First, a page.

Data_Sheet_1_Incorporating Established Conservation Networks into Freshwater Conservation Planning Results in More Workable Prioritizations.PDF (111.79 kB)
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Data_Sheet_1_Incorporating Established Conservation Networks into Freshwater Conservation Planning Results in More Workable Prioritizations.PDF

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posted on 14.12.2020, 04:31 by Nicholas A. Sievert, Craig P. Paukert, Joanna B. Whittier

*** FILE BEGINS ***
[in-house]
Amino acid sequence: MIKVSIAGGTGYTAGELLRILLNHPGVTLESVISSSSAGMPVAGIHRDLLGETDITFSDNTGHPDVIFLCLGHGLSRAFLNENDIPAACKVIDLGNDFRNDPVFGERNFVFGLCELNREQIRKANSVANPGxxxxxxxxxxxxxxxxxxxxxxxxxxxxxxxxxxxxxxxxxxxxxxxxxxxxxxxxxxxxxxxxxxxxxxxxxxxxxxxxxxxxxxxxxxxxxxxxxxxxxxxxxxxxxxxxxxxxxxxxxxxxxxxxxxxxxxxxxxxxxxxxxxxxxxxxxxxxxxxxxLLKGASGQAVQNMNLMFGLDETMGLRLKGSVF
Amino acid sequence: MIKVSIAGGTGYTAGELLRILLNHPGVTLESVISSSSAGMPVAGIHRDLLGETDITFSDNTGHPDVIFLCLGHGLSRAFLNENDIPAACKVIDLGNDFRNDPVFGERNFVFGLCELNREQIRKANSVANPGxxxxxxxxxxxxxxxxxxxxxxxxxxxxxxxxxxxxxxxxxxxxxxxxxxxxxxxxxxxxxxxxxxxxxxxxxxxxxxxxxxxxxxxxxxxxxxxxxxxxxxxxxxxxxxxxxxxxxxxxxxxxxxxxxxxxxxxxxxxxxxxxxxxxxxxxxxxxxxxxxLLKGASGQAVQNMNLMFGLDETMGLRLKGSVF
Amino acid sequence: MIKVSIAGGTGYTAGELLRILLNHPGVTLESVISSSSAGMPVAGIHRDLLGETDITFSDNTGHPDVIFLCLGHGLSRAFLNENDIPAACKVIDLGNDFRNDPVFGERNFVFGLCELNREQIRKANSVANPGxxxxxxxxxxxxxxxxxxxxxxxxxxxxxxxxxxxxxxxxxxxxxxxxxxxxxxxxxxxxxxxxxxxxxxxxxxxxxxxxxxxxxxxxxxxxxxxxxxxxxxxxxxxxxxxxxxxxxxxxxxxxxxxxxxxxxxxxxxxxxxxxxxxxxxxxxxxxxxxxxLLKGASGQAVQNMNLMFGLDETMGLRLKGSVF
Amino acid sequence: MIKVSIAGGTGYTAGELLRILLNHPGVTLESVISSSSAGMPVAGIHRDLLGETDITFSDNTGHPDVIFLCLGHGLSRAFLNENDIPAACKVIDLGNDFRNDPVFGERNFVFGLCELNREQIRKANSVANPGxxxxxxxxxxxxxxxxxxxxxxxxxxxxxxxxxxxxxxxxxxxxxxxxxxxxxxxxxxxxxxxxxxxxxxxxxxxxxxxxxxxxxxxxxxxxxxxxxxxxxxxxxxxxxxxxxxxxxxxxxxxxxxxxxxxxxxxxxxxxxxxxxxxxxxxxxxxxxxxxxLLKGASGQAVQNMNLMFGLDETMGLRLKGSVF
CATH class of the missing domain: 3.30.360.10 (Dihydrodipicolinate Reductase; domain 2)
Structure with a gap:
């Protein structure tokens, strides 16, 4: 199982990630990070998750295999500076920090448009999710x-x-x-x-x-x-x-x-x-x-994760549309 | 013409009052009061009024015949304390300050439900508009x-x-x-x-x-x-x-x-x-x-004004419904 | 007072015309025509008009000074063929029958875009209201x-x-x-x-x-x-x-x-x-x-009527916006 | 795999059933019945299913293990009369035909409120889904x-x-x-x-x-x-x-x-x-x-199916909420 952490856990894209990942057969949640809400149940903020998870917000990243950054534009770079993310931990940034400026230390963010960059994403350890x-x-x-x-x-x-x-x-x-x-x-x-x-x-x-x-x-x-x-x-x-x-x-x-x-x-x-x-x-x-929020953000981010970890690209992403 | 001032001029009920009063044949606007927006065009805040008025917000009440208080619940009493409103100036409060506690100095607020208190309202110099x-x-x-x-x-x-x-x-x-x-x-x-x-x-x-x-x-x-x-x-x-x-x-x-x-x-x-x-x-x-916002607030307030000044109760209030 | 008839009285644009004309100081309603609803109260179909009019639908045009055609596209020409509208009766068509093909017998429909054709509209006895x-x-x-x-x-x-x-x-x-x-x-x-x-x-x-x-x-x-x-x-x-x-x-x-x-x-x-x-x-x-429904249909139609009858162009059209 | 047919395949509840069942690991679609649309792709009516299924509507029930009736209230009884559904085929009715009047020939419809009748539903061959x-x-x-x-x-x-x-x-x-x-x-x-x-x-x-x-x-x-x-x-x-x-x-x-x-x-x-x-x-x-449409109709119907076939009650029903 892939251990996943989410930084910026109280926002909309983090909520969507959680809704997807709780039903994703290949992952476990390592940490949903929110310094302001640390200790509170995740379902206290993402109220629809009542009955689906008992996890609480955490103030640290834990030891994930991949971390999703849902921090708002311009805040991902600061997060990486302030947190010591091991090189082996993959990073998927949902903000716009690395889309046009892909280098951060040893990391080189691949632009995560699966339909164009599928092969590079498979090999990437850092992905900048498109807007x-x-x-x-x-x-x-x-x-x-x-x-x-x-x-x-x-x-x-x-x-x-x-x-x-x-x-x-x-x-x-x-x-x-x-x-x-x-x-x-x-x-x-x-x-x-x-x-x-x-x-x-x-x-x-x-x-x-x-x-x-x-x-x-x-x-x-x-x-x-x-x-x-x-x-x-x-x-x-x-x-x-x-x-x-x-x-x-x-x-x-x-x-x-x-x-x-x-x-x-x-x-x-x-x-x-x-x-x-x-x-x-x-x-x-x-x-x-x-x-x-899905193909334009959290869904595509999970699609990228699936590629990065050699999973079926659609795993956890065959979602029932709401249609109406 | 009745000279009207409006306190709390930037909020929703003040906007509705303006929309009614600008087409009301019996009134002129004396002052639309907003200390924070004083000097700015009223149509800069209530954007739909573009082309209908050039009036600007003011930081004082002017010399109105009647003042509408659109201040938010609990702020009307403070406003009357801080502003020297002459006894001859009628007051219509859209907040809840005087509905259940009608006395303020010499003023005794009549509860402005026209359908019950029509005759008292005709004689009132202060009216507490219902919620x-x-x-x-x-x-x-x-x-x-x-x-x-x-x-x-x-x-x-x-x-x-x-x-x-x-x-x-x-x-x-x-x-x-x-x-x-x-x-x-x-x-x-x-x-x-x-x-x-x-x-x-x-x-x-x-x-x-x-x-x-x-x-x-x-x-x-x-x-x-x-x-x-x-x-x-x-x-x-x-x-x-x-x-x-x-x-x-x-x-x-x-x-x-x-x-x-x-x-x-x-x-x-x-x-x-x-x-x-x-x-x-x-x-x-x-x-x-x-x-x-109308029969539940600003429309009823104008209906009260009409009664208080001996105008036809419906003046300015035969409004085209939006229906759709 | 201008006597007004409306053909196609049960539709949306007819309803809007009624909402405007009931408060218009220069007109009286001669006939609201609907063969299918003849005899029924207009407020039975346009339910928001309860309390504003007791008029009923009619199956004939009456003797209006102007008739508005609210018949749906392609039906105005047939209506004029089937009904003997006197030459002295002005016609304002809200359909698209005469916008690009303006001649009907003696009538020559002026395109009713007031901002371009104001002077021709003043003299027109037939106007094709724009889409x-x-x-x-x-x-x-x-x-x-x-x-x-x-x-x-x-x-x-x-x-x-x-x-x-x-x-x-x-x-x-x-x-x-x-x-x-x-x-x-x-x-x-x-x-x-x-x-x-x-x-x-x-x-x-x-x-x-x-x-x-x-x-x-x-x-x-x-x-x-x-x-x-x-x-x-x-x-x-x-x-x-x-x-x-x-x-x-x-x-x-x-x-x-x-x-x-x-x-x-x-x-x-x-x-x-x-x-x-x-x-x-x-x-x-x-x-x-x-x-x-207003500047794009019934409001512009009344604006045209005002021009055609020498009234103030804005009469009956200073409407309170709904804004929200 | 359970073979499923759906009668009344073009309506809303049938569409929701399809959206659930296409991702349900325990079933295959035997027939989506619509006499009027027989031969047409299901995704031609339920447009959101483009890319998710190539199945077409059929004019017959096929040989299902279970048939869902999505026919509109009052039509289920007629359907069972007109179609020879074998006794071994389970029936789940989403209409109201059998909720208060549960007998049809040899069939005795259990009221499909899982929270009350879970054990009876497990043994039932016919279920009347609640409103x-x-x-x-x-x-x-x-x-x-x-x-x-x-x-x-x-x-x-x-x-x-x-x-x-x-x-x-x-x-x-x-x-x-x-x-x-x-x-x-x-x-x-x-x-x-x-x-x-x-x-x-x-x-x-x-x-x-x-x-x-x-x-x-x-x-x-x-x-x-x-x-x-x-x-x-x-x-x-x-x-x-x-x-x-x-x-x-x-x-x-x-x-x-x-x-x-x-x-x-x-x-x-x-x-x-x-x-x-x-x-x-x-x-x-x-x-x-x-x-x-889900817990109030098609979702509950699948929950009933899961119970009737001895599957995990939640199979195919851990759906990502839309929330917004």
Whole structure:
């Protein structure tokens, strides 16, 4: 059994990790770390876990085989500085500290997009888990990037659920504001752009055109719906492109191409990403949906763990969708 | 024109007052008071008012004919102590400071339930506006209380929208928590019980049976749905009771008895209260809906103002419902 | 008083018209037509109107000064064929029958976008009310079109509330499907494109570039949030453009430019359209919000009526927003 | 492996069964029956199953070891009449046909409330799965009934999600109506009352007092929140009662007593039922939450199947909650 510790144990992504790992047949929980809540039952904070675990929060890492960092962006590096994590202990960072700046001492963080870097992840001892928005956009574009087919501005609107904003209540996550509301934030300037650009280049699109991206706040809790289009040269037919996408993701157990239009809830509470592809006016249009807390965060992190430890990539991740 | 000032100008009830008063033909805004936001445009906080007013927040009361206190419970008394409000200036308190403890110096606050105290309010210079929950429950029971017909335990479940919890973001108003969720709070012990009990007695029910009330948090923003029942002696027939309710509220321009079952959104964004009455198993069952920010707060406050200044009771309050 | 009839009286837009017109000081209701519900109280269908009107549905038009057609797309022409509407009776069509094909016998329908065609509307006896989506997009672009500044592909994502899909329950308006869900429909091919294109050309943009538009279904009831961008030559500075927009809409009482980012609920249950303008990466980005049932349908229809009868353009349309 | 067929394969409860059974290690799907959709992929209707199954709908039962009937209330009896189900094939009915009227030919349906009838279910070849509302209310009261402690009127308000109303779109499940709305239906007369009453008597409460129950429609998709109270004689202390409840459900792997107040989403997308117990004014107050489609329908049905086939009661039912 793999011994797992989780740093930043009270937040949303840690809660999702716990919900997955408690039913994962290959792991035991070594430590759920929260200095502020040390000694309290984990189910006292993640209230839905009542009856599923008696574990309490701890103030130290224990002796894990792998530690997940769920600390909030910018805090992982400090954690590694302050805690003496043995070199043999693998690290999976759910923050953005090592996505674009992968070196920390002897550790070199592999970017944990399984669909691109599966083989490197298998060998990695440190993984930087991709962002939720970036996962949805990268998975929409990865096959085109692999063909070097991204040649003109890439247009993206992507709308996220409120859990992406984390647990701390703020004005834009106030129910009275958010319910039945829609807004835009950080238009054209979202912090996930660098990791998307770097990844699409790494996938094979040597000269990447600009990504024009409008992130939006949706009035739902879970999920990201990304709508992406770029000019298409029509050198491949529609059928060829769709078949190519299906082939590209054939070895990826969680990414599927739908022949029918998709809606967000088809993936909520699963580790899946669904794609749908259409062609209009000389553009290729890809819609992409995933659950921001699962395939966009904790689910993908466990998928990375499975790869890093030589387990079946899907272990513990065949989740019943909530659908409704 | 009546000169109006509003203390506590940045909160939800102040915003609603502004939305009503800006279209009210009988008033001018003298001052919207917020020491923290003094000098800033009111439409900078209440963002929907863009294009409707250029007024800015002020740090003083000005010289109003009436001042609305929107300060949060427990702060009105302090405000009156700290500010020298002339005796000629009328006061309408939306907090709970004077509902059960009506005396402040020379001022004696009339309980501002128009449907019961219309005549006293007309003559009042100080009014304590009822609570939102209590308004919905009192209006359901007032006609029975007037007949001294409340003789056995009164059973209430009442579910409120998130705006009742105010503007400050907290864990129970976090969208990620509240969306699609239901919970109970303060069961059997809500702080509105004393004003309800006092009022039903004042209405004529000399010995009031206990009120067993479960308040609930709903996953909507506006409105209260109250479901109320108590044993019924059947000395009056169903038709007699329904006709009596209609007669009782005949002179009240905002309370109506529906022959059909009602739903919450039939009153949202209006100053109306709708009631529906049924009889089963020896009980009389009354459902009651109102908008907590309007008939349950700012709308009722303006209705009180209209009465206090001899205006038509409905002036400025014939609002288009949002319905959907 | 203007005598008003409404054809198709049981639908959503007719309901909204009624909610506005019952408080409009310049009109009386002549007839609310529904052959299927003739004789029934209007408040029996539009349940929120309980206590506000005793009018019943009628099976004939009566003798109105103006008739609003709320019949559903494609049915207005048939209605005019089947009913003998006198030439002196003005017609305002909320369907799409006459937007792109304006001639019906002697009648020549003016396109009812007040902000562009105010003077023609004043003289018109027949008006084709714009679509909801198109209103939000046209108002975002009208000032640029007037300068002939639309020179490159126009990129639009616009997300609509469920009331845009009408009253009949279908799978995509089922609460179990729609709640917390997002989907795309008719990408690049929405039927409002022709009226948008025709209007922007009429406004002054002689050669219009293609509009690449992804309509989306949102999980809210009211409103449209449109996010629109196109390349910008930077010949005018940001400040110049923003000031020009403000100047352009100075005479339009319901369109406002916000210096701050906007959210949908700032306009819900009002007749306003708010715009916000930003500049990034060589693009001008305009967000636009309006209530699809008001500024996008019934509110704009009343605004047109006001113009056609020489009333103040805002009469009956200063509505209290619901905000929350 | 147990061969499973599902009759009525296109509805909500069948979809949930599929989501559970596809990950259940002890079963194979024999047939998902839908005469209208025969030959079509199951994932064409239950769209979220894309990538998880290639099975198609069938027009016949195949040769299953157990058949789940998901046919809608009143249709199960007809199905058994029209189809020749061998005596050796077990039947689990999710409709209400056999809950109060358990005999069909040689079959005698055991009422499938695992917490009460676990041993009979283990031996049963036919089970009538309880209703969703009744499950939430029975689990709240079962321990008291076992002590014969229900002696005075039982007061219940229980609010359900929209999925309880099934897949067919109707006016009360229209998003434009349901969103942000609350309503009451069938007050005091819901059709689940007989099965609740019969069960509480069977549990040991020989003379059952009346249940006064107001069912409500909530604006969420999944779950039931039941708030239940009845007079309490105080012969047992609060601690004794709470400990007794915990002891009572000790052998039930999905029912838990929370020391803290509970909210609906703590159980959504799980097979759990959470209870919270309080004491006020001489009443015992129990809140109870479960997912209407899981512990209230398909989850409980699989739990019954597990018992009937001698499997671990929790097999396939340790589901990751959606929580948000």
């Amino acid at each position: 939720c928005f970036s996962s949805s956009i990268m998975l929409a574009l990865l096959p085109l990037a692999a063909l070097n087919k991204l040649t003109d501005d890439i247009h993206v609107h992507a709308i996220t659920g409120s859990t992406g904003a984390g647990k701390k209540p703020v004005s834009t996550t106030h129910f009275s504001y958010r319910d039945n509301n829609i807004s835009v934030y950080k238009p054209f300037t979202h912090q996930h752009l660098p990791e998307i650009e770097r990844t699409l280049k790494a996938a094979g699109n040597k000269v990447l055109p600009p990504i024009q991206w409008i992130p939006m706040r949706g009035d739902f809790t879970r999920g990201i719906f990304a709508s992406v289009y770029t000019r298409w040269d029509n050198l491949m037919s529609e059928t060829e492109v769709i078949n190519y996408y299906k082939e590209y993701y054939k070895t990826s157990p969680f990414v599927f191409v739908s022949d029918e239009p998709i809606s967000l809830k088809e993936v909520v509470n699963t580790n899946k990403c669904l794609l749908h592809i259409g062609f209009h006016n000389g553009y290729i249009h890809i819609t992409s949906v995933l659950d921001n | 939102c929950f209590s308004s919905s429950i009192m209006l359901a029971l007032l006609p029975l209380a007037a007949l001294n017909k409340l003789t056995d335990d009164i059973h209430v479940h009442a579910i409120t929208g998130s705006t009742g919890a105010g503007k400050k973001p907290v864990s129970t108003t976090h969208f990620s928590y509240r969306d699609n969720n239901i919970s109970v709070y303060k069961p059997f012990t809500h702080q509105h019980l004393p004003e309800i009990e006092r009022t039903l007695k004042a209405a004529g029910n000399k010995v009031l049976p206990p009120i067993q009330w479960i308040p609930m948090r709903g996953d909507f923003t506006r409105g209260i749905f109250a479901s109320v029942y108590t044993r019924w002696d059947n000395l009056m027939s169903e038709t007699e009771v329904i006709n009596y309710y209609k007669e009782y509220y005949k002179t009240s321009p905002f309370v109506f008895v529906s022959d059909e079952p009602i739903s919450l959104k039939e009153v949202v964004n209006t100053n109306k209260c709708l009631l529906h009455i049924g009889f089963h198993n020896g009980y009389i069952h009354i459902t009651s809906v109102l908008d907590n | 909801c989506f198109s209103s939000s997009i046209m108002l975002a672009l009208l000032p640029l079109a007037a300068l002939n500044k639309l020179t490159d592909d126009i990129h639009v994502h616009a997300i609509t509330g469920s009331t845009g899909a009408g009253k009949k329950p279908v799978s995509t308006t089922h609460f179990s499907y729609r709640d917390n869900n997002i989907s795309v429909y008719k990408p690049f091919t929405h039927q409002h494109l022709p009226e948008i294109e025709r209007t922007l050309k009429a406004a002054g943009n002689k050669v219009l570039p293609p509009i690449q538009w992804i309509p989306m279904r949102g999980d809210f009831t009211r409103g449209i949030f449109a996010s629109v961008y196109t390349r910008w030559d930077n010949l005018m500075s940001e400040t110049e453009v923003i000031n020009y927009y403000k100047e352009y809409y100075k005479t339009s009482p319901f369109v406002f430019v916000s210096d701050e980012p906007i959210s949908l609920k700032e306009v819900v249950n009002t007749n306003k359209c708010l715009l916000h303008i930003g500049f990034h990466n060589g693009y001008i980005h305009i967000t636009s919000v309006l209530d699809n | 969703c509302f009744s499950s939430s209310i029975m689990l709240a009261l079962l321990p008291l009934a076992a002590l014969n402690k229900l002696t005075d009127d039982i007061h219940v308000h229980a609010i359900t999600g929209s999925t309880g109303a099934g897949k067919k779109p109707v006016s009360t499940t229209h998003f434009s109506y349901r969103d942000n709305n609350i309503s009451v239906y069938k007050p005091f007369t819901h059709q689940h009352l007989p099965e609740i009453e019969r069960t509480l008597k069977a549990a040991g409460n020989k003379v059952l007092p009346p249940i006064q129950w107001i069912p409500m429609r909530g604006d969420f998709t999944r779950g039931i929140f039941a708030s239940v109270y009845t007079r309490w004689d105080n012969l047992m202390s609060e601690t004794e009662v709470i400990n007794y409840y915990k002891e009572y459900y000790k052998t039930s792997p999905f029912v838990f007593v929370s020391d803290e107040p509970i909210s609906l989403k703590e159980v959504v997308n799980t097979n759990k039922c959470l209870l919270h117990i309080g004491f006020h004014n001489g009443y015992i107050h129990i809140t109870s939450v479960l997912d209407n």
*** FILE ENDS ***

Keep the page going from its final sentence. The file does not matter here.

Resources for addressing stream fish conservation issues are often limited and the stressors impacting fish continue to increase, so decision makers often rely on tools to prioritize locations for conservation actions. Because conservation networks already exist in many areas, incorporating these into the planning process can increase the ability of decision makers to carry out management actions. In this study we aim to identify priority areas within established networks to provide an approach which allows managers to focus efforts on the most valuable areas they control, while identifying areas outside of the network, which support species with minimal representation within the network, for acquisition or conservation partnerships. The goal of this approach is to prioritize sites to achieve high levels of species representation while also developing workable solutions. We applied a methodology incorporating established networks into a systematic conservation planning process for fish in temperate wadeable streams located in Missouri, USA. We compared how well species were represented in our approach with two commonly used alternatives: A blank slate approach which used the same systematic conservation planning technique but did not incorporate established networks, and a habitat integrity approach based solely on anthropogenic threat data. Relative to the blank slate approach, our approach required 210% more segments for representation of all species, and contained an average of 0.5 additional occurrences for the least well-represented species. Although the blank slate solution was more efficient in achieving species representation, 77% of segments in this solution were not already protected. This would likely pose a challenge for implementing conservation actions. Relative to habitat integrity-based priorities, our approach required only 38% of the number of stream segments to achieve representation of all species and contained an average of 5 additional occurrences of the least represented species, representing a substantial gain in representation. Incorporating established networks may allow managers to focus resources on areas with the greatest conservation value within established networks and to identify the most valuable areas complementary to the established networks, resulting in priorities which may be more actionable and effective than those developed by alternative approaches.

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